It’s not a terrible ad, but Jim Gilmore’s first entry is far, far from a game-changer (let alone the pathetic $80K buy), and facing a 20- to 30-point deficit in the polls, that’s what he needs.
But more to the point, why is the RPV and not Jim Gilmore paying for this? First of all, why does Jim Gilmore not have any money to even put a meager $80K behind a statewide ad? Was he planning on doing any TV advertising? If things are this bad, the 3rd Quarter fundraising reports should be very telling.
But if you’re sitting in RPV headquarters and you have a candidate who’s trailing by more than twenty points in the polls, who every prognosticator says will likely lose, and who can’t even afford their own paid media, who makes that decision to sign a check for over half of your current account balance for their cause? What’s the return they’re expecting with this? To make Jim Gilmore and hisÂ handful ofÂ supporters happy?
IÂ suppose it’s possible that the RPV has significantly more than the $142,000 that they had two months ago, but given their brilliant fundraising pleas and propensity to hold money-losing fundraisers, I’m not that optimistic. And if they’re wasting their money on supporting losing candidates who can’t support themselves, I don’t know why anyone would give them money in the future.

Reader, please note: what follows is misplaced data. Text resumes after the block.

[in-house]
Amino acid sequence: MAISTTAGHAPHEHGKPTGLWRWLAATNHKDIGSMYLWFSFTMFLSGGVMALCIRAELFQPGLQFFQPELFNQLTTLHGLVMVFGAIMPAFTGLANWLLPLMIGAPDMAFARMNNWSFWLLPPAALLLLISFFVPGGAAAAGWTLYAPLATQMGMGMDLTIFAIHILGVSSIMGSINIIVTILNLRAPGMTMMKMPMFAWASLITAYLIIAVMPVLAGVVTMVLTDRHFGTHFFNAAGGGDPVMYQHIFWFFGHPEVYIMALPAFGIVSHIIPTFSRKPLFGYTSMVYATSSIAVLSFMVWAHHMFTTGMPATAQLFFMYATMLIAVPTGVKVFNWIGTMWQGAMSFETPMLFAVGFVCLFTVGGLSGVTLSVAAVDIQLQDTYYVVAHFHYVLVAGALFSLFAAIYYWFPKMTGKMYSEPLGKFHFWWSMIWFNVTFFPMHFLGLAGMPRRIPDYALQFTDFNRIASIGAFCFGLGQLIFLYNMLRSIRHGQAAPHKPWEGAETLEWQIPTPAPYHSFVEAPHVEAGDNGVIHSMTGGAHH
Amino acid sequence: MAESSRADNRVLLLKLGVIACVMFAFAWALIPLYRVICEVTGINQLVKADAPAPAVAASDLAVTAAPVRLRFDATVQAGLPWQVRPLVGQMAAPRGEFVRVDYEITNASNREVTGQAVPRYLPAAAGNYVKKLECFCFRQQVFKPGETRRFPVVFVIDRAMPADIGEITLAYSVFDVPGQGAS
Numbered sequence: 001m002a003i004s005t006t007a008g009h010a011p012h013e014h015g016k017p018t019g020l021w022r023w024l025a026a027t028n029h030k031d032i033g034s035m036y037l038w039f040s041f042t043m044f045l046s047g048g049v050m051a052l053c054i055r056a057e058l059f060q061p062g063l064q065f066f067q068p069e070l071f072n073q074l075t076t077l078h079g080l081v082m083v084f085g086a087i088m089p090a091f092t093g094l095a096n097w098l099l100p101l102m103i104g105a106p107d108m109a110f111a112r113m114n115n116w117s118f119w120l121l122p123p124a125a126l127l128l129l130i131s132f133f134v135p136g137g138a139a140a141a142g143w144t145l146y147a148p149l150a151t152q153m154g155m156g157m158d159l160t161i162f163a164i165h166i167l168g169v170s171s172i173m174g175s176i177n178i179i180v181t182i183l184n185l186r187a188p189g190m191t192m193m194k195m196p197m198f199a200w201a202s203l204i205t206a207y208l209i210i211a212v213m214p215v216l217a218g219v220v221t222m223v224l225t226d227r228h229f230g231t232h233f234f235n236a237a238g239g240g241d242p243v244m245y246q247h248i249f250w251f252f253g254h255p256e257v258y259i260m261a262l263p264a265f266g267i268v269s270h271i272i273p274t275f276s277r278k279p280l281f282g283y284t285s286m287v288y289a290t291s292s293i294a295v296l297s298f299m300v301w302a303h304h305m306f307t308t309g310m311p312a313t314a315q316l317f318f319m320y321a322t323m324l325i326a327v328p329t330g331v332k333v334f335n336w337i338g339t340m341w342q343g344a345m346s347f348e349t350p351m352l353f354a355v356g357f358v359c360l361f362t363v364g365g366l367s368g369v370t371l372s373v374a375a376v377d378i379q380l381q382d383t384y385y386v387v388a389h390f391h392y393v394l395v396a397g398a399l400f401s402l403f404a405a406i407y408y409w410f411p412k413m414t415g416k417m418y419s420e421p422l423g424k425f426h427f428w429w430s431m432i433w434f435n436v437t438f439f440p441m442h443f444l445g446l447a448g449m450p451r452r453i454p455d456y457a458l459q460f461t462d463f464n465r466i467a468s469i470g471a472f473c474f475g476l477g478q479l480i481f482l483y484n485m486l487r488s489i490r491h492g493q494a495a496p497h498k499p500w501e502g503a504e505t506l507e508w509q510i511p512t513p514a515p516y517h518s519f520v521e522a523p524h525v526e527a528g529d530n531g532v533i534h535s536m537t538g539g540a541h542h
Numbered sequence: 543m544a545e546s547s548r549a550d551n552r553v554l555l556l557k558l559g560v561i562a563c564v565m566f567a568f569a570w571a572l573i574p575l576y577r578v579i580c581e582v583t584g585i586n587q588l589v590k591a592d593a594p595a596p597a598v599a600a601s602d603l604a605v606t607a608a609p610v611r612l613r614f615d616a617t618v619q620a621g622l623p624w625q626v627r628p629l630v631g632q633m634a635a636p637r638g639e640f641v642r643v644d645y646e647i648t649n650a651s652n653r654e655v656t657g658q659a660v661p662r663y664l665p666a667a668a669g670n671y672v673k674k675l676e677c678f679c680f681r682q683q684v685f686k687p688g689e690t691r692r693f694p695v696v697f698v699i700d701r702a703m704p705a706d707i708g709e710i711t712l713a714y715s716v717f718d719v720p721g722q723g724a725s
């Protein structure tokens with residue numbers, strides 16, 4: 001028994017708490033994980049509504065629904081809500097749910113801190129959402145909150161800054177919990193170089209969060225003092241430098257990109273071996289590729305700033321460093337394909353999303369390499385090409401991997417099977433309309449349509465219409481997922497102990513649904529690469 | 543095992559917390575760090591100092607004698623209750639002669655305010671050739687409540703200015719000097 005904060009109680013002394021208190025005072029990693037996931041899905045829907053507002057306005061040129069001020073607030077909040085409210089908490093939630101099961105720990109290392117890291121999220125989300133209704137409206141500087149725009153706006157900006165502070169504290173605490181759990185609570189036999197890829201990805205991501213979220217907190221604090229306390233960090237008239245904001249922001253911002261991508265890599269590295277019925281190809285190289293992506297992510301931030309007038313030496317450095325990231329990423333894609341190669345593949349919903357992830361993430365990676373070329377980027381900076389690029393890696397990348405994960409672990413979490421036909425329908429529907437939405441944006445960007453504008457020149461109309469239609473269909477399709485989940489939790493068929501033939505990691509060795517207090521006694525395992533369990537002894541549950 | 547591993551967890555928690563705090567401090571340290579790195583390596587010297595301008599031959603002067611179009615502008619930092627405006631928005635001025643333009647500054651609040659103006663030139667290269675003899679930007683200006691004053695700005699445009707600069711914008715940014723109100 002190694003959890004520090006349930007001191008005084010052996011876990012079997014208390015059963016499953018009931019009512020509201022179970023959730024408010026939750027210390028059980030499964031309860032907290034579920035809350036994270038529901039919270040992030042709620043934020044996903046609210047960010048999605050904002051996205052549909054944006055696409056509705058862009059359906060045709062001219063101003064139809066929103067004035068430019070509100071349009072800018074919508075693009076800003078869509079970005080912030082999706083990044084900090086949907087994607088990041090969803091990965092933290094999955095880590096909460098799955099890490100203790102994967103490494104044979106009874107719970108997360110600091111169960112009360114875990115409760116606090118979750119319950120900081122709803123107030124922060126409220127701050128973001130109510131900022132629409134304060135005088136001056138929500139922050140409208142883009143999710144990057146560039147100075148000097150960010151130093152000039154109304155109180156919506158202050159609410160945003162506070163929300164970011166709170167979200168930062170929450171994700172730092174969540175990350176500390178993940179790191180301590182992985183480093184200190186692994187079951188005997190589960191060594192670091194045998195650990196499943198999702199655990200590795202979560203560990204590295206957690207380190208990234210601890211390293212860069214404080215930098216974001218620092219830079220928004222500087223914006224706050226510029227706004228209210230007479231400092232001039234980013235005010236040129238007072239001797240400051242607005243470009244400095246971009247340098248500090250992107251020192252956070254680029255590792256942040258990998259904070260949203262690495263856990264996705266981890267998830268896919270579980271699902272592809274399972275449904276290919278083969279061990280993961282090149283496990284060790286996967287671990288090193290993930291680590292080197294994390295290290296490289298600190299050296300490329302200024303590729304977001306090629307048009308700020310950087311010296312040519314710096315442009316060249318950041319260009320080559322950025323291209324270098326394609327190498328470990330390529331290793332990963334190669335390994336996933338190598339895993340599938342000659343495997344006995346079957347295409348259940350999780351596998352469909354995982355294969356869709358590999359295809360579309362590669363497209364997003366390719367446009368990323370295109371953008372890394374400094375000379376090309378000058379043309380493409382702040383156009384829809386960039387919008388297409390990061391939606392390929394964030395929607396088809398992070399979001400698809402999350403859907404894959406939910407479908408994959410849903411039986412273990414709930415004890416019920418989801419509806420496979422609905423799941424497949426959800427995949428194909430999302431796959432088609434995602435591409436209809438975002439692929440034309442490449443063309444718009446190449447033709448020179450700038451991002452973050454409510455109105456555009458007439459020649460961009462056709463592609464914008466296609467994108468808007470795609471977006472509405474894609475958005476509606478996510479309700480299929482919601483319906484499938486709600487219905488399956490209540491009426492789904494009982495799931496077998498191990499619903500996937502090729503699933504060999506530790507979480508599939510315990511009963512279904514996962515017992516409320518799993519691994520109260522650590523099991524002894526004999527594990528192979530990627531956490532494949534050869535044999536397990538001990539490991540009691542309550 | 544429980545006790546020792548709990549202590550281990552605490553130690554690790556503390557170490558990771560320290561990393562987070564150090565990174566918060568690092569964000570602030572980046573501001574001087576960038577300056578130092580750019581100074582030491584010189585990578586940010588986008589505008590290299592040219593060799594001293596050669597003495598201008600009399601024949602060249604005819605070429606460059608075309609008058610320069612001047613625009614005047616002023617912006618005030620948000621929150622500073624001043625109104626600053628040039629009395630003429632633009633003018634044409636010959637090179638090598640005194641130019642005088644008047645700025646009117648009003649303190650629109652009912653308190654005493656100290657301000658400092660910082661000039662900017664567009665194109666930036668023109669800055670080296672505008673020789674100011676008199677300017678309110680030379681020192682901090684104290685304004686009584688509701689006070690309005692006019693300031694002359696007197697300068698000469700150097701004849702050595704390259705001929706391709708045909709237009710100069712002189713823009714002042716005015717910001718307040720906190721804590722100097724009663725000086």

If we’re being honest for a second, I think the USA Today/Gallup poll will be an outlier, like the poll a few months back that showed Obama with a 15 point lead. However, there’s absolutely no doubt that the GOP Convention—and McCain’s pick of Palin—did exactly what they needed to do in shaking up the race from the inevitable loss John McCain was facing. Consider:
McCain has narrowed Obama’s wide advantage on handling the economy, by far the electorate’s top issue. Before the GOP convention, Obama was favored by 19 points; now he’s favored by 3.
Combined with McCain’s dominance of Obama in the polls on matters of national security and Iraq and you have a country that likes Barack Obama but trusts John McCain.
Now, a lot can and will happen in 60 days. McCain needs to do well at the debates, we need to hope another shoe doesn’t drop about Palin that causes another week of bad coverage, and our vaunted GOTV effort needs to be on par despite a slightly depressed base. From everything I’ve seen of McCain’s campaign locally, that shouldn’t be a problem. And finally, McCain needs to pick up Michigan or Pennsylvania. I just don’t see him winning the election without it.
Still, McCain has accomplished what no other Republican running for President could after the public’s disdain for the Bush years. With less than sixty days left, we have more than just hope for victory; we have a fighting chance. Let’s make it happen.